Workers want help in meeting their emergency savings needs. In fact, the AARP found that 71% of Americans said they would take part in a payroll-deduction emergency savings program if it was offered to them. That level of receptivity suggests that if employers and financial providers give easy access to these solutions, we would see a rapid improvement in the short-term financial preparedness of Americans.
Prepare for the Future by Preparing for Today
Addressing the emergency savings crisis today will help to alleviate stress and worry now, while better positioning American workers to prepare for retirement. I know that this can work. Because my father’s employer made it possible for him to put away $25 a week, it made all the difference for our family being able to get through some unexpected financial turbulence. It can do the same for families today — if more employers and the financial industry work together to offer simple solutions like rainy-day savings accounts.
Just as state policymakers and employers have made progress in the past few years toward making it easier for more workers to have access to ways to save for retirement, this effort to boost retirement savings will be made even more effective if they also consider ways to address the reality of short-term financial emergency needs and add funding rainy-day savings accounts as an option as well. Establishing emergency or rainy-day savings accounts that work alongside retirement savings accounts is one concept for accomplishing this goal.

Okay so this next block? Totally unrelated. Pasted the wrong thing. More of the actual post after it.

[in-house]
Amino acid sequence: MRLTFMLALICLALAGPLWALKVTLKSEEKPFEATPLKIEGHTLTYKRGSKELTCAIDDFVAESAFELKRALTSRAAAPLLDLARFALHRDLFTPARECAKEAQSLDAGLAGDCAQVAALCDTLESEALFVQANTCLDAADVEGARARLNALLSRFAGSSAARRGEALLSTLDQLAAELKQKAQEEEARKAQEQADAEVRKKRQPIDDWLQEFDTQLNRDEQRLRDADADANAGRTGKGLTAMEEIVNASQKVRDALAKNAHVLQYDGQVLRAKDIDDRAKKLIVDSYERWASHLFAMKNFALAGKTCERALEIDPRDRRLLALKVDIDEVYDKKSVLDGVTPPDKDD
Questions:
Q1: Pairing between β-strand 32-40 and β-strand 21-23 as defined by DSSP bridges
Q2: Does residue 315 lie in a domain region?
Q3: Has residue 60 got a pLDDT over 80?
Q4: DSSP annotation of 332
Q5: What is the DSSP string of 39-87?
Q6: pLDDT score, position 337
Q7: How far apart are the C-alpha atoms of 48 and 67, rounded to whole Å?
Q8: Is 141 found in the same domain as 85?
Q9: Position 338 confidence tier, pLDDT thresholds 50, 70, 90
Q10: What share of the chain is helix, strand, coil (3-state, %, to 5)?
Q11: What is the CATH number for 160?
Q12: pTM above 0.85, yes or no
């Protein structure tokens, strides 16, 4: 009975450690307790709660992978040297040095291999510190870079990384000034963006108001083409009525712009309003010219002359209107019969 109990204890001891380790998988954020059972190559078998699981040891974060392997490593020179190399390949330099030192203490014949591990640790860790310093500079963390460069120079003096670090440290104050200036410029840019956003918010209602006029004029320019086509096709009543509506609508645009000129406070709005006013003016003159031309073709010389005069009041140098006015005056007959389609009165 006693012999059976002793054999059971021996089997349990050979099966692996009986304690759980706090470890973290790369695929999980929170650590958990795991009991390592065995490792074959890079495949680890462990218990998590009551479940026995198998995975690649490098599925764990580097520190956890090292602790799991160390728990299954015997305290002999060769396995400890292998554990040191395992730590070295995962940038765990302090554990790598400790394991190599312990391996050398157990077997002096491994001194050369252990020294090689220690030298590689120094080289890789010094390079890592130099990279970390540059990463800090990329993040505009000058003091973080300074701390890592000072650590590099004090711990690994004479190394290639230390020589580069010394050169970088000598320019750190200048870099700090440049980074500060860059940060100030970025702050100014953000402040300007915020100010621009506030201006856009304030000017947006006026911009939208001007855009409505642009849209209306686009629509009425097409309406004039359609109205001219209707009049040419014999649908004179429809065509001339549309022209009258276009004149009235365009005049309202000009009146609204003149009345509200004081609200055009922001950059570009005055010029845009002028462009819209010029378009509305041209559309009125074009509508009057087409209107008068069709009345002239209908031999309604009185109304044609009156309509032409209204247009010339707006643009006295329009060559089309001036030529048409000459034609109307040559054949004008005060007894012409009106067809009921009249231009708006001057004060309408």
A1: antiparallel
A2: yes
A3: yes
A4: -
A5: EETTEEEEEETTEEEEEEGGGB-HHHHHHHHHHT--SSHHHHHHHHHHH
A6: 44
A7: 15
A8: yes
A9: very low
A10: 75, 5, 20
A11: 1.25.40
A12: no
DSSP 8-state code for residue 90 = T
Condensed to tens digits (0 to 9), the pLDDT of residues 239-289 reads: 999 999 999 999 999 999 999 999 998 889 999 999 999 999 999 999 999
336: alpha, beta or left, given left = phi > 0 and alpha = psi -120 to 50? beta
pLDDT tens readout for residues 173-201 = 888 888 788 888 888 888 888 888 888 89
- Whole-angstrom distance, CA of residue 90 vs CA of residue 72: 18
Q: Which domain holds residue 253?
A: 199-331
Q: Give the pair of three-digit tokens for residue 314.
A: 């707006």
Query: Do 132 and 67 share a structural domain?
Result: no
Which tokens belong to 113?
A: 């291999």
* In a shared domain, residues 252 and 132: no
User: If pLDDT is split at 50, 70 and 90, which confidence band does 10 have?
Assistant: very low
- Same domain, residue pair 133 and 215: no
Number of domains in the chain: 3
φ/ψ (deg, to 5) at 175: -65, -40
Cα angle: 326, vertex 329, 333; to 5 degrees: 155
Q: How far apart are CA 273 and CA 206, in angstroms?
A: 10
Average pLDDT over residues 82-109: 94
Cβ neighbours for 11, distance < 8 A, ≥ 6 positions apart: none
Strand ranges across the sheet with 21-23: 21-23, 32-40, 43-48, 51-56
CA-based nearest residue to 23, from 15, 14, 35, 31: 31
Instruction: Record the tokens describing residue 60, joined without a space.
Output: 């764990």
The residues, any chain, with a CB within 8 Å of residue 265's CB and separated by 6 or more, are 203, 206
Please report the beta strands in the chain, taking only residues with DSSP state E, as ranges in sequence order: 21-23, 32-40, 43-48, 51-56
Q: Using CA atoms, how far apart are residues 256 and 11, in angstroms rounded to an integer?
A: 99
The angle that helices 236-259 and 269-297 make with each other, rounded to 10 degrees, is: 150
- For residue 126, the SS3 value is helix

At a time when the worry and stress of Americans are at all-time highs, we must recognize that short- and long-term savings challenges go hand-in-hand and find innovative approaches that solve both. The improvement in long-term financial outcomes for individuals and families will be significant.
Santander Bank does not provide financial, tax or legal advice and the information contained in this article does not constitute tax, legal or financial advice. Santander Bank does not make any claims, promises or guarantees about the accuracy, completeness, or adequacy of the information contained in this article. Readers should consult their own attorneys or other tax advisors regarding any financial strategies mentioned in this article. These materials are for informational purposes only and do not necessarily reflect the views or endorsement of Santander Bank.